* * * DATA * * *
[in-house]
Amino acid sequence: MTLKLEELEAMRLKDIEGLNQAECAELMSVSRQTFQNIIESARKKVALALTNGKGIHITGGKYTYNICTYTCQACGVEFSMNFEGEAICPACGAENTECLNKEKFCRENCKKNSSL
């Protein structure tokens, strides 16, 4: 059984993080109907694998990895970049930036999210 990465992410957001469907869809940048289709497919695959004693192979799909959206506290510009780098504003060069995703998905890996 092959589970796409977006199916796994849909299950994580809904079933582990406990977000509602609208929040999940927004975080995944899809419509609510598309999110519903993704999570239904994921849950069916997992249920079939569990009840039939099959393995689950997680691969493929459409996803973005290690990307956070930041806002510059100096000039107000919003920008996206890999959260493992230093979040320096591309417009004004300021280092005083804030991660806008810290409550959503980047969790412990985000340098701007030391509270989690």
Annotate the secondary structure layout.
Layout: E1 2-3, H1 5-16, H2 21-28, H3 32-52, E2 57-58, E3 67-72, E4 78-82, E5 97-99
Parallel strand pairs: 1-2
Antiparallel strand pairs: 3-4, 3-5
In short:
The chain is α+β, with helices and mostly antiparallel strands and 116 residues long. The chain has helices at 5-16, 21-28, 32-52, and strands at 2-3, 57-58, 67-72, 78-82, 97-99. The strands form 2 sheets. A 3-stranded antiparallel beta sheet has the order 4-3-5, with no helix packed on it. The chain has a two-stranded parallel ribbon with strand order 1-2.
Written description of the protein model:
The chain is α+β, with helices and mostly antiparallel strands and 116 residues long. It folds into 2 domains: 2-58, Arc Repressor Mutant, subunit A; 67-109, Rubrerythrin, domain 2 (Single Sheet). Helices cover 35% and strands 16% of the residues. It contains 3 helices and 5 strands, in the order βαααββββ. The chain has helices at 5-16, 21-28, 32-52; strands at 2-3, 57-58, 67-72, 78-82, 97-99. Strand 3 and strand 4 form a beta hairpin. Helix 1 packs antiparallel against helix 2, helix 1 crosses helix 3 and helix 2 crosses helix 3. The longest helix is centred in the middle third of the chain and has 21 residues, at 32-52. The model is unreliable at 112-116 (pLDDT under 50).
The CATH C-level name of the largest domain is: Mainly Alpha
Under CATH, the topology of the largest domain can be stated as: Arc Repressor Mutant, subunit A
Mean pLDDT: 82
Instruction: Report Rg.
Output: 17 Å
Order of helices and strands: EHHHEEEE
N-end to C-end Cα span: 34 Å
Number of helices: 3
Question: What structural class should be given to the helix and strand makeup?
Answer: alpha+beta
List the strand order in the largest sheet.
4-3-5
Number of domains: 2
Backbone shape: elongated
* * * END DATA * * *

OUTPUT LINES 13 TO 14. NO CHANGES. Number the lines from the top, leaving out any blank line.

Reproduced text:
Under CATH, the topology of the largest domain can be stated as: Arc Repressor Mutant, subunit A
Mean pLDDT: 82